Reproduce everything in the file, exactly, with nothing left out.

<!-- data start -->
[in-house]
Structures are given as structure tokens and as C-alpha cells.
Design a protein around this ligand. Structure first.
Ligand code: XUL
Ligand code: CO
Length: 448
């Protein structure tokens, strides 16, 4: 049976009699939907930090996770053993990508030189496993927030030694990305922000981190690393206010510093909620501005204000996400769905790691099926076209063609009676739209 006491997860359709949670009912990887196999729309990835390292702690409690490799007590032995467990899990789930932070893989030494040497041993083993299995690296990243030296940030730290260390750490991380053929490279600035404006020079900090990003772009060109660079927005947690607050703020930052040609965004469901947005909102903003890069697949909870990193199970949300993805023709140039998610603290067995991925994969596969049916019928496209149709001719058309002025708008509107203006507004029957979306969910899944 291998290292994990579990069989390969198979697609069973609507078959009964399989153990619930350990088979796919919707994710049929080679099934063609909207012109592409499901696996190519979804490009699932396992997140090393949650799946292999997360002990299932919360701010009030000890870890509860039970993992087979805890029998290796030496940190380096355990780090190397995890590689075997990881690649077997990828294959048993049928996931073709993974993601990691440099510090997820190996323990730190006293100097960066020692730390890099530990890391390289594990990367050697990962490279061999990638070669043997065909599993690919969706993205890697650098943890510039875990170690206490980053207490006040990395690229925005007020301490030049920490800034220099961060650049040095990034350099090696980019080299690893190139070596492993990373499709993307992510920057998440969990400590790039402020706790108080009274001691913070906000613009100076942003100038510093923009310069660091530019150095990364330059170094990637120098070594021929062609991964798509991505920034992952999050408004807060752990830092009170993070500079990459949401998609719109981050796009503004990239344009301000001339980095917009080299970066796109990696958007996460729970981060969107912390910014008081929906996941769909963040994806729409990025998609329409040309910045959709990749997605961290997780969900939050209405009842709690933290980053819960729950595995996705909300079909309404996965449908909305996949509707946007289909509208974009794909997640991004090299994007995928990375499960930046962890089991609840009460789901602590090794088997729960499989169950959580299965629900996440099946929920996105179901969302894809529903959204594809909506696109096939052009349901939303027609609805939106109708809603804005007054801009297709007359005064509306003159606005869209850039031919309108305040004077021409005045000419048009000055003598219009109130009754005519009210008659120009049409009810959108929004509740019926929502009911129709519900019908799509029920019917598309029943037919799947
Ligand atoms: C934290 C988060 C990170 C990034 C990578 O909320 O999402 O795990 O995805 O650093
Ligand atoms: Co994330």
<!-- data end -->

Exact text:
[in-house]
Structures are given as structure tokens and as C-alpha cells.
Design a protein around this ligand. Structure first.
Ligand code: XUL
Ligand code: CO
Length: 448
């Protein structure tokens, strides 16, 4: 049976009699939907930090996770053993990508030189496993927030030694990305922000981190690393206010510093909620501005204000996400769905790691099926076209063609009676739209 006491997860359709949670009912990887196999729309990835390292702690409690490799007590032995467990899990789930932070893989030494040497041993083993299995690296990243030296940030730290260390750490991380053929490279600035404006020079900090990003772009060109660079927005947690607050703020930052040609965004469901947005909102903003890069697949909870990193199970949300993805023709140039998610603290067995991925994969596969049916019928496209149709001719058309002025708008509107203006507004029957979306969910899944 291998290292994990579990069989390969198979697609069973609507078959009964399989153990619930350990088979796919919707994710049929080679099934063609909207012109592409499901696996190519979804490009699932396992997140090393949650799946292999997360002990299932919360701010009030000890870890509860039970993992087979805890029998290796030496940190380096355990780090190397995890590689075997990881690649077997990828294959048993049928996931073709993974993601990691440099510090997820190996323990730190006293100097960066020692730390890099530990890391390289594990990367050697990962490279061999990638070669043997065909599993690919969706993205890697650098943890510039875990170690206490980053207490006040990395690229925005007020301490030049920490800034220099961060650049040095990034350099090696980019080299690893190139070596492993990373499709993307992510920057998440969990400590790039402020706790108080009274001691913070906000613009100076942003100038510093923009310069660091530019150095990364330059170094990637120098070594021929062609991964798509991505920034992952999050408004807060752990830092009170993070500079990459949401998609719109981050796009503004990239344009301000001339980095917009080299970066796109990696958007996460729970981060969107912390910014008081929906996941769909963040994806729409990025998609329409040309910045959709990749997605961290997780969900939050209405009842709690933290980053819960729950595995996705909300079909309404996965449908909305996949509707946007289909509208974009794909997640991004090299994007995928990375499960930046962890089991609840009460789901602590090794088997729960499989169950959580299965629900996440099946929920996105179901969302894809529903959204594809909506696109096939052009349901939303027609609805939106109708809603804005007054801009297709007359005064509306003159606005869209850039031919309108305040004077021409005045000419048009000055003598219009109130009754005519009210008659120009049409009810959108929004509740019926929502009911129709519900019908799509029920019917598309029943037919799947
Ligand atoms: C934290 C988060 C990170 C990034 C990578 O909320 O999402 O795990 O995805 O650093
Ligand atoms: Co994330």